Using the Life Alignment Curve to best advantage requires managers who understand that people are their job. Building strong relationships, with a real understanding of what drives each person, enables them to spot that first hint of restlessness or even anticipate it. Gal, a high performer in marketing for a major supermarket chain, was called into his manager’s office and asked to take on a team in dairy. It was a surprise, but it tempted him, so he set about creating a really successful team. This is a perfect example of an inspirational manager paying attention - noticing, even before Gal himself, that restlessness was on the horizon.

Inspirational managers enjoy seeing their direct reports move to bigger and better jobs and are pleased to have helped. Everyone wants to work for a manager like this, so they have the best teams and deliver the best results. You will know your Inspirational Managers – you trust them with difficult tasks, give them your new raw talent and ask their help with determined under performers. They are the heartbeat of your high performance culture, delivering great results and a leadership pipeline to die for.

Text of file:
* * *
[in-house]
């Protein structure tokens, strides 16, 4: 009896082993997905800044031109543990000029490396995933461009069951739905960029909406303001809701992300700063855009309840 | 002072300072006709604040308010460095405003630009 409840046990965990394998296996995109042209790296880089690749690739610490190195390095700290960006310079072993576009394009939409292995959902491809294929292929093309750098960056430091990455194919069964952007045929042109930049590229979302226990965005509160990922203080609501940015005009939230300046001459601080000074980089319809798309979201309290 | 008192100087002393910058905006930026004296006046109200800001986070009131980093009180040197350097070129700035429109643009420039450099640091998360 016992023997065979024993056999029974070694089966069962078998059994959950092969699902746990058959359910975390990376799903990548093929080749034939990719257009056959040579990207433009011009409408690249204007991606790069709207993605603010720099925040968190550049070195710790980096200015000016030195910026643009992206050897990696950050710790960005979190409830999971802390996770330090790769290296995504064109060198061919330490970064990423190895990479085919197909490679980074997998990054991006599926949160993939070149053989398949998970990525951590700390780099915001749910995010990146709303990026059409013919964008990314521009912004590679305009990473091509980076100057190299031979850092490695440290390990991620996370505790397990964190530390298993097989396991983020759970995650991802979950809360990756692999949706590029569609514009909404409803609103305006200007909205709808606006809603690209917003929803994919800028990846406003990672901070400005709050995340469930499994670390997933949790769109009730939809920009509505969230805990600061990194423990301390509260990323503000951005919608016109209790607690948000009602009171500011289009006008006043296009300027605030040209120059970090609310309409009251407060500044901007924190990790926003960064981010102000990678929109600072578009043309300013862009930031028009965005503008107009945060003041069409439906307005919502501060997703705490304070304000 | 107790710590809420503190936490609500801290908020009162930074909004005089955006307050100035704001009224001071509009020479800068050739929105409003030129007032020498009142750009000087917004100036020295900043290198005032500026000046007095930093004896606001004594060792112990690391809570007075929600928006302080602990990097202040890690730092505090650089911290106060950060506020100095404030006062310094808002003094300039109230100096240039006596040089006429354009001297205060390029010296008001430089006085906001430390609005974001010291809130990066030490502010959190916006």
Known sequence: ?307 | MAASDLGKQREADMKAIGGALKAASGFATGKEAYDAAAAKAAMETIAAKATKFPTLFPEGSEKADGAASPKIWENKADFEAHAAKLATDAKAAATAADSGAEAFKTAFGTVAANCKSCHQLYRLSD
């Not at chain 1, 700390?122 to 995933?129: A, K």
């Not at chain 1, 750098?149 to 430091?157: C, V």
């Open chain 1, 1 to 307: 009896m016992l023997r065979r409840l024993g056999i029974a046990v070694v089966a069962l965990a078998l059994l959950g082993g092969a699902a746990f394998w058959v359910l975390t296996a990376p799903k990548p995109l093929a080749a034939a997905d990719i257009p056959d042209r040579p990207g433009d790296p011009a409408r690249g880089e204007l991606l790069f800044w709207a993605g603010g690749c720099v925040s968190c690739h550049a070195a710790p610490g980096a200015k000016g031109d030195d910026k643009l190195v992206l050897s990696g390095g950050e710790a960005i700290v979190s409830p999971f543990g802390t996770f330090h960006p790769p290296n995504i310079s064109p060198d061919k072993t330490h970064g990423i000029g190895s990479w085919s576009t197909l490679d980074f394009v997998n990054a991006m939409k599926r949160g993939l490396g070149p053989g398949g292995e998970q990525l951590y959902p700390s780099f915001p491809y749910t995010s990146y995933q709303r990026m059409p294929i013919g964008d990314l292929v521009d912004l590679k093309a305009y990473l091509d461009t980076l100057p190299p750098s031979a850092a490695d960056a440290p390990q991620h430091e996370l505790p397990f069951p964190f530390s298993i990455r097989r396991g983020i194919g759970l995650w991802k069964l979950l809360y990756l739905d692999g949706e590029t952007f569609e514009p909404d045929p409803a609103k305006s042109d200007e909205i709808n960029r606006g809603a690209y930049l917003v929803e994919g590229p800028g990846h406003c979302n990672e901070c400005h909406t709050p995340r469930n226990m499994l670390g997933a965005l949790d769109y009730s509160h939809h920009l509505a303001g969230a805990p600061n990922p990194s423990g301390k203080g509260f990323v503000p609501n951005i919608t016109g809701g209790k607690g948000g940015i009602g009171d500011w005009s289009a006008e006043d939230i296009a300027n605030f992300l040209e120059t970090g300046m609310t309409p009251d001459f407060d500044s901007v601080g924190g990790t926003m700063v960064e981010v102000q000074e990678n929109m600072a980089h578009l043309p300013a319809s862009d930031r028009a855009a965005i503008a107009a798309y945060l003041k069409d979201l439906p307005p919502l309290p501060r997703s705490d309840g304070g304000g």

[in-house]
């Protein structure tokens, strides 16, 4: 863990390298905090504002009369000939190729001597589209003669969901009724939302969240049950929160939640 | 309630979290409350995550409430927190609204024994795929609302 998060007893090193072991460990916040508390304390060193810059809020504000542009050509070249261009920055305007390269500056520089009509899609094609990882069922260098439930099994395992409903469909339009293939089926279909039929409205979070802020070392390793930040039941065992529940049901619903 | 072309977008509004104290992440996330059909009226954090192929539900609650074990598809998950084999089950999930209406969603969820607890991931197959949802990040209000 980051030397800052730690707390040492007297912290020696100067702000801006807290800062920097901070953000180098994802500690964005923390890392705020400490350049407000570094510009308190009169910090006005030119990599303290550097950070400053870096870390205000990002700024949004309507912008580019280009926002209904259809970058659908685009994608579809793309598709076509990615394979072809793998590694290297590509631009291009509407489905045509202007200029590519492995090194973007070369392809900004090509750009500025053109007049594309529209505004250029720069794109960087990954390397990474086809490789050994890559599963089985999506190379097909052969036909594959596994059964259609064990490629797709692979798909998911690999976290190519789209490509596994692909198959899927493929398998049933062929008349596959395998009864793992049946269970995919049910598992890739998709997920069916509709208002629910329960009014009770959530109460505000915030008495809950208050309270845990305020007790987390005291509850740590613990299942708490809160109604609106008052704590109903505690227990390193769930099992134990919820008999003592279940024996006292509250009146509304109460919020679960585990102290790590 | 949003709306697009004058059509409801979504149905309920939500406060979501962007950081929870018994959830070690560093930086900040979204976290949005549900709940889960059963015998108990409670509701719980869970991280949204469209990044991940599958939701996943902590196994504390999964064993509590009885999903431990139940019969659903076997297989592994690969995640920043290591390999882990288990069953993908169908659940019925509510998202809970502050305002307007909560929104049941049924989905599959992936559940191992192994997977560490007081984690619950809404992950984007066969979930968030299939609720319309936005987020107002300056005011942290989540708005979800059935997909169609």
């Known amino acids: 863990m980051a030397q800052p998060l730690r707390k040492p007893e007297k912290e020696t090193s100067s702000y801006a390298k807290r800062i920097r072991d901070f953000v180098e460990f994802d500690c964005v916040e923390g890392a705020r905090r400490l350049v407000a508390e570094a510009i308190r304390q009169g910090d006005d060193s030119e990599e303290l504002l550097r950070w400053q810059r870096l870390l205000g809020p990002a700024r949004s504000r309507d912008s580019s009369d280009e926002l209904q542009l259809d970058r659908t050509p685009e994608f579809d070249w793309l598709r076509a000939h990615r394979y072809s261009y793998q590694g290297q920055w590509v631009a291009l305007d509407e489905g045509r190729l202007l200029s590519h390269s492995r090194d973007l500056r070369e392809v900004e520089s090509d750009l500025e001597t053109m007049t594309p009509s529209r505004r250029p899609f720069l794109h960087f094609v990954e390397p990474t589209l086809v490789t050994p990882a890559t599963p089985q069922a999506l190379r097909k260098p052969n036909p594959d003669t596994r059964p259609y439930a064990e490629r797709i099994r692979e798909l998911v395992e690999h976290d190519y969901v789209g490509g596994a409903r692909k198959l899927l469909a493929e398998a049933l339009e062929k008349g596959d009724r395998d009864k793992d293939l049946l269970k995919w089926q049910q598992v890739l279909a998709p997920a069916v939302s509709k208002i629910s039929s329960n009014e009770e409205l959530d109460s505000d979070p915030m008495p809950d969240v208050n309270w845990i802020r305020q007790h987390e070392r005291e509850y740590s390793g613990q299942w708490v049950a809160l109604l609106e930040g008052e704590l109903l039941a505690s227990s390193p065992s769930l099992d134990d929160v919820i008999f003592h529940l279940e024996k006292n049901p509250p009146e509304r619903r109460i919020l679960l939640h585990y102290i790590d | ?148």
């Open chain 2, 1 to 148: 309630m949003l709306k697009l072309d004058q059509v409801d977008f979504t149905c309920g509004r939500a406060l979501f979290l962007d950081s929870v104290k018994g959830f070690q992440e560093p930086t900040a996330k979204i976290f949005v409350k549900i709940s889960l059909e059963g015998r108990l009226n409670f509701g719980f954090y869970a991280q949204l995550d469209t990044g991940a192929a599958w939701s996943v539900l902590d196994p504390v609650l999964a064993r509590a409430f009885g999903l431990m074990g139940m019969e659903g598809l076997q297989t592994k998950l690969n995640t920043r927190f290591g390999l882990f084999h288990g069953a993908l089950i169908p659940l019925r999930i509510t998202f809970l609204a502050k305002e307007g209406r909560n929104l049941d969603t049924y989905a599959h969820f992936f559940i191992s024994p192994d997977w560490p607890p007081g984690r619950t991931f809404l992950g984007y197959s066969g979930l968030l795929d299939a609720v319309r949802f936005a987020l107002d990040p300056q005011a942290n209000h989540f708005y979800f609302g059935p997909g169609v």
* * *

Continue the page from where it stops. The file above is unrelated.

By thinking psychologically as well as strategically about talent development, it will much easier to motivate your people. You will create the environment within which people can do great work. They won’t have to push against you – they know you are on the same wavelength. The Life Alignment Curve alerts you to the restless moment when serial achievers are ready for a challenge and shows you how to manage them for greatest energy and determination. Having eagle-eyed managers, seeking out the best next challenge is a dream for any high achiever and will ensure they move on in your business and not out to another.

Judith Leary-Joyce is a psychologist, management consultant, personal coach, inspirational speaker and author of The Psychology of Success – secrets of serial achievement. She can be contacted on [email protected]